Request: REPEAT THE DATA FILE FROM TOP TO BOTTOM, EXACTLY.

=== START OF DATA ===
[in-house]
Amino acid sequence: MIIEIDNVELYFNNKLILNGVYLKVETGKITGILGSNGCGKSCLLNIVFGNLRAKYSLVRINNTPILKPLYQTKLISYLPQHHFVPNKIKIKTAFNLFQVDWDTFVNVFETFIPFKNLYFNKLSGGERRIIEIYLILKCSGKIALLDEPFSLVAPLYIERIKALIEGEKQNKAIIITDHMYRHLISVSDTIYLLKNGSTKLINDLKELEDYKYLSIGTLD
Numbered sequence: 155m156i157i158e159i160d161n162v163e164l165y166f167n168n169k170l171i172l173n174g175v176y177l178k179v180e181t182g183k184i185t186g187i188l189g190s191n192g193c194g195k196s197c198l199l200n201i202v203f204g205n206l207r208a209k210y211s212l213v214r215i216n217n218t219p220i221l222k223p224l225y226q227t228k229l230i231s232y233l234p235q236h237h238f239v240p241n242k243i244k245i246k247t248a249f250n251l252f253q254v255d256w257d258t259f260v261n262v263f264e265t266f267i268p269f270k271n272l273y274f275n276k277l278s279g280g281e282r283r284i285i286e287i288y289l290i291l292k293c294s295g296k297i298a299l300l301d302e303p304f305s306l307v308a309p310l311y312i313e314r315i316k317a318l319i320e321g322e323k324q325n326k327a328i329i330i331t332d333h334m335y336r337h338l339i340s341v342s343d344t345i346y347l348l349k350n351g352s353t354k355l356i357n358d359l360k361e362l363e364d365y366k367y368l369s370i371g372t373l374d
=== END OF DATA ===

[in-house]
Amino acid sequence: MIIEIDNVELYFNNKLILNGVYLKVETGKITGILGSNGCGKSCLLNIVFGNLRAKYSLVRINNTPILKPLYQTKLISYLPQHHFVPNKIKIKTAFNLFQVDWDTFVNVFETFIPFKNLYFNKLSGGERRIIEIYLILKCSGKIALLDEPFSLVAPLYIERIKALIEGEKQNKAIIITDHMYRHLISVSDTIYLLKNGSTKLINDLKELEDYKYLSIGTLD
Numbered sequence: 155m156i157i158e159i160d161n162v163e164l165y166f167n168n169k170l171i172l173n174g175v176y177l178k179v180e181t182g183k184i185t186g187i188l189g190s191n192g193c194g195k196s197c198l199l200n201i202v203f204g205n206l207r208a209k210y211s212l213v214r215i216n217n218t219p220i221l222k223p224l225y226q227t228k229l230i231s232y233l234p235q236h237h238f239v240p241n242k243i244k245i246k247t248a249f250n251l252f253q254v255d256w257d258t259f260v261n262v263f264e265t266f267i268p269f270k271n272l273y274f275n276k277l278s279g280g281e282r283r284i285i286e287i288y289l290i291l292k293c294s295g296k297i298a299l300l301d302e303p304f305s306l307v308a309p310l311y312i313e314r315i316k317a318l319i320e321g322e323k324q325n326k327a328i329i330i331t332d333h334m335y336r337h338l339i340s341v342s343d344t345i346y347l348l349k350n351g352s353t354k355l356i357n358d359l360k361e362l363e364d365y366k367y368l369s370i371g372t373l374d